What Types of Attacks Does SIEM Detect?
Security Information and Event Management (SIEM) solutions are known for their ability to provide visibility into IT environments by monitoring data sources for unusual activity and contextualizing them for security insights. According to the 2021 SIEM Report by Cybersecurity Insiders, 76% of cybersecurity professionals surveyed reported that SIEM improved their ability to detect threats. But what types of threats do SIEM solutions detect? Let’s review the top results from the 2021 SIEM Report.
While unauthorized access isn’t a specific type of attack, it is typically indicative that one may be in progress. An external attacker may use something like brute force attack to attempt to crack a user’s password, but a SIEM solution can detect repeated access attempts. Once detected, a SIEM can escalate this information to a security analyst in real time, enabling them to investigate the event and lock the account if there aren’t already built-in parameters limiting the number of login attempts.
There are two types of insider attackers: malicious and accidental. A malicious insider is either an unhappy or opportunistic employee that uses the access they have to steal or sabotage sensitive data. It may also be a former employee who has not yet had their credentials deleted. A SIEM can monitor employee behavior and flag any activity that is unexpected for that particular user or access level. For example, if an ex-employee’s account suddenly became active or if an employee is accessing files or databases they don’t need in order to do their job, these events would immediately be escalated to a security analyst.
Accidental insider attacks are those who unintentionally help an external bad actor to pivot during an attack. For example, if an employee misconfigured a firewall, this would leave an organization more vulnerable to a breach. Since security configurations are so vital, a SIEM can create an event any time a change is made, escalating it to a security analyst to ensure that it was intentional and correctly implemented.
Malware is a broad term that generally includes any type of software that is created to disable or damage computer systems, like viruses, ransomware, worms, trojans, etc. While security logs may send out alerts that could indicate a breach, it could also just as easily be a false alarm. SIEM solutions use event correlation to better determine true infections and potential origin points of attack.
Denial of Service Attacks
A denial-of-service (DoS) attack disrupts the standard operation of a system or device, like a network server. This attack floods the target with traffic, which blockades normal traffic and forces it to deny access. Such attacks typically result in a slowdown of service or a total crash. A SIEM would be able to flag such an abnormal event from web traffic logs, prioritizing the event and sending it to an analyst for further investigation.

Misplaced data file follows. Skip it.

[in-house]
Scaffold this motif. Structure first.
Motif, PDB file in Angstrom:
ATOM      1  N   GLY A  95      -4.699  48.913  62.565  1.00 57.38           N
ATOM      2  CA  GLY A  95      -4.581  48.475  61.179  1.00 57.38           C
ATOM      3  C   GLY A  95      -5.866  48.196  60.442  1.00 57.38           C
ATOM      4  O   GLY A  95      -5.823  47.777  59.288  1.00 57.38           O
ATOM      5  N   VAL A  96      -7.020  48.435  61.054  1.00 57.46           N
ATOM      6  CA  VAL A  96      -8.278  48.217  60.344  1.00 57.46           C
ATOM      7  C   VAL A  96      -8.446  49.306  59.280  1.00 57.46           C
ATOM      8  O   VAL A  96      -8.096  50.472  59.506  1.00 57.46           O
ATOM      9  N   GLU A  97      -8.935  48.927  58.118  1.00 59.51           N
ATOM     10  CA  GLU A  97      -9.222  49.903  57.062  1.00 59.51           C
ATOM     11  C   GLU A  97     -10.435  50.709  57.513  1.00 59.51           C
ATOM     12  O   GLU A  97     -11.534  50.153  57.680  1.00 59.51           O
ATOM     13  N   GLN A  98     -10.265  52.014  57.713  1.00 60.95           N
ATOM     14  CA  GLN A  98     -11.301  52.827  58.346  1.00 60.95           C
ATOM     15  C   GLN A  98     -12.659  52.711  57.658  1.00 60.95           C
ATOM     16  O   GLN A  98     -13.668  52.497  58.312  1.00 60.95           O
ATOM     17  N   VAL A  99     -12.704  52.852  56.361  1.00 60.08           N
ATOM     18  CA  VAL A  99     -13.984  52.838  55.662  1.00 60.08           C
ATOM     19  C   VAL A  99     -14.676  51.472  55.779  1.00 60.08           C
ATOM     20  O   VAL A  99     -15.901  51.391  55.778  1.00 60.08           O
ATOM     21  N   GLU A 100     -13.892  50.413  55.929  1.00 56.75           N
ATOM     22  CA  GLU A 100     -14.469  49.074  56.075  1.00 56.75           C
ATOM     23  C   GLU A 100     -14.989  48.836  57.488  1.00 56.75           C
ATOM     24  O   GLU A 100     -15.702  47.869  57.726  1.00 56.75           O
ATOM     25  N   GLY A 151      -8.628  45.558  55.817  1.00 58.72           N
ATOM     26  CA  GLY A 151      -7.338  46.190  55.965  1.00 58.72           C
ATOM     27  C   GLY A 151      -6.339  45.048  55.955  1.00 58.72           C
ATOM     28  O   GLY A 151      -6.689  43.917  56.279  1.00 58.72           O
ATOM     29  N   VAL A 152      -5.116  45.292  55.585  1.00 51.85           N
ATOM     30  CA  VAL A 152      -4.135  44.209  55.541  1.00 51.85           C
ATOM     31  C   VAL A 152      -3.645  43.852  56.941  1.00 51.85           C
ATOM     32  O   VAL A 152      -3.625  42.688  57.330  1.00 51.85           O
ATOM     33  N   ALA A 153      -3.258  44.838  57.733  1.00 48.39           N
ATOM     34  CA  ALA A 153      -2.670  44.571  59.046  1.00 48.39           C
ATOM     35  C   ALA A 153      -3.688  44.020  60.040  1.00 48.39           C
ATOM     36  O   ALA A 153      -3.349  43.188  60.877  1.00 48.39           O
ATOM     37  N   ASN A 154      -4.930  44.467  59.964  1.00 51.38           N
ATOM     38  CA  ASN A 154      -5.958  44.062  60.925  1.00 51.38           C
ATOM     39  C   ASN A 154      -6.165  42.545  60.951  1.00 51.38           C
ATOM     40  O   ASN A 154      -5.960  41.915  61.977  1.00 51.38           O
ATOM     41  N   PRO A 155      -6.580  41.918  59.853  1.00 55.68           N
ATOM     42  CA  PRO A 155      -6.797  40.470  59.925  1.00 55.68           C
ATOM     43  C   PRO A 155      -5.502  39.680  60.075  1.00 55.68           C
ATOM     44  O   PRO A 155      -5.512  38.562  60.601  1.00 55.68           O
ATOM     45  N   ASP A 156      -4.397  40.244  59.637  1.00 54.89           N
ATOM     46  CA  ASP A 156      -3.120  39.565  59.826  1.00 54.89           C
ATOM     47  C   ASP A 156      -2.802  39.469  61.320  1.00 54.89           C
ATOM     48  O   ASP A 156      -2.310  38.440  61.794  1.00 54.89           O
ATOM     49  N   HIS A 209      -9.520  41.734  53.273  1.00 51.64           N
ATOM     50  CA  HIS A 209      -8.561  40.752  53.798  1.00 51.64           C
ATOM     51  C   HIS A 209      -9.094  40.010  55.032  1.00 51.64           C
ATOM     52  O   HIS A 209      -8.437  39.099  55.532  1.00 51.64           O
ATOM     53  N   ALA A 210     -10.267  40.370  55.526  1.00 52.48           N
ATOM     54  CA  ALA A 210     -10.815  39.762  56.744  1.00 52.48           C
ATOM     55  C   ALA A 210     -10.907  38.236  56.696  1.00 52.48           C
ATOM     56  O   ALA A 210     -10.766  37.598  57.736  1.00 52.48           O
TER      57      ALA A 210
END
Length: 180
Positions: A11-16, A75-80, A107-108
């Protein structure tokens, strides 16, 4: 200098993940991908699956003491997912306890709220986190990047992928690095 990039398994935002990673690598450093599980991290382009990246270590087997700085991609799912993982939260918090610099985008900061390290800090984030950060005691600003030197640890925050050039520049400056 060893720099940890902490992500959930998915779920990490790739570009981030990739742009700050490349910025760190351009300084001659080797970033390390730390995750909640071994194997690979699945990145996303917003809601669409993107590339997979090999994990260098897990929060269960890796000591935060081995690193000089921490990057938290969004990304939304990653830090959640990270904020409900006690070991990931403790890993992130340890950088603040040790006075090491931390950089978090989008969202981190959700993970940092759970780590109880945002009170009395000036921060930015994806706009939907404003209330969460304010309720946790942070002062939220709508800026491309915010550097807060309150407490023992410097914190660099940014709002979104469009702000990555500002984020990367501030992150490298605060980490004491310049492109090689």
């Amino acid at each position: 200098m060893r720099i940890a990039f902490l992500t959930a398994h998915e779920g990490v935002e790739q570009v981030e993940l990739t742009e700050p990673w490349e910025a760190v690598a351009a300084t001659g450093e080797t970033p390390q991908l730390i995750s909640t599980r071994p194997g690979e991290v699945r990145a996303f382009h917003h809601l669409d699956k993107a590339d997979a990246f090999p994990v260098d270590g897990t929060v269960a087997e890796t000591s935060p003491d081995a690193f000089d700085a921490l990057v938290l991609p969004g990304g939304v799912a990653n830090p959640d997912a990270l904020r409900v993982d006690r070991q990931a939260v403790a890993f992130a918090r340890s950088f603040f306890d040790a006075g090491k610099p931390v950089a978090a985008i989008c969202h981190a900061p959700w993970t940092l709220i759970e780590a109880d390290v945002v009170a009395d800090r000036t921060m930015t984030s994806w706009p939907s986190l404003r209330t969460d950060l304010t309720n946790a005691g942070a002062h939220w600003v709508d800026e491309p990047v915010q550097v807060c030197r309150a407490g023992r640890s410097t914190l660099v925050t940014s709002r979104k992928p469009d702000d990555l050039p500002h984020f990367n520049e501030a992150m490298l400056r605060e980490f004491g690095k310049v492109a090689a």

Hijacking is when an attacker seizes control of systems, networks, or applications. For example, session hijacking can take place when a threat actor intercepts session tokens to gain access to a user account. SIEM solutions monitor user behavior and can detect suspicious activity, like a user accessing systems they don’t typically use or having more than one active session. Additionally, any changes to root access are logged, so if a threat actor attempted to escalate privileges, a SIEM can escalate this information to the security team.
Advanced Persistent Threats
Advanced Persistent Threats (APTs) are incredibly sophisticated attackers who use a high degree of stealth over a prolonged duration of time in order to compromise and retain access to a system. Because these attacks are so stealthy, they may not trigger alerts in certain parts of the system, or the alerts they do cause are dismissed as benign. Having event correlation in a SIEM solution helps demonstrate a pattern of abnormal behavior, flagging it as a true concern that security analysts should look into.
Web Application Attacks
There are a variety of strategies for attacks on web applications. For example, SQL injection attacks manipulate queries by injecting unauthorized, malicious SQL statements. Typically SQL injections are used to find and read, change, or delete sensitive information they wouldn’t otherwise have access to. SIEM solutions can monitor activity from web applications, and can flag any abnormal activity, and use event correlation to see if any other changes took place during this event.
Phishing uses deceptive emails or other means of communication to get malware past the perimeter or access credentials. These emails often contain malicious links or attachments embedded in emails. Once an attacker has legitimate credentials, they can seemingly login to a system without issue and attempt to escalate their privileges to gain root access and full control of the system. However, SIEM solutions are able to monitor employee behavior. For example, a SIEM could track authentication activities. While an attacker’s credentials may be legitimate, their location or login time may be different. Any unusual authentication attempts would create an event in real time, enabling an analyst to lock out the user pending investigation.
Centralizing Your Security with SIEM
Ultimately, SIEM solutions do more than just monitor your environment for these attacks. They centralize and normalize data streams, streamlining the investigation process for security analysts. By escalating only events that have been prioritized as truly risky, analysts don’t have to waste time looking into benign threats and can reduce dwell times and the risk of damage to the organization.
Want to learn more about SIEM solutions?
Read the 2021 SIEM Report, a comprehensive survey of cybersecurity professionals from Cybersecurity Insiders, focusing on how cybersecurity professionals view and use these security monitoring solutions.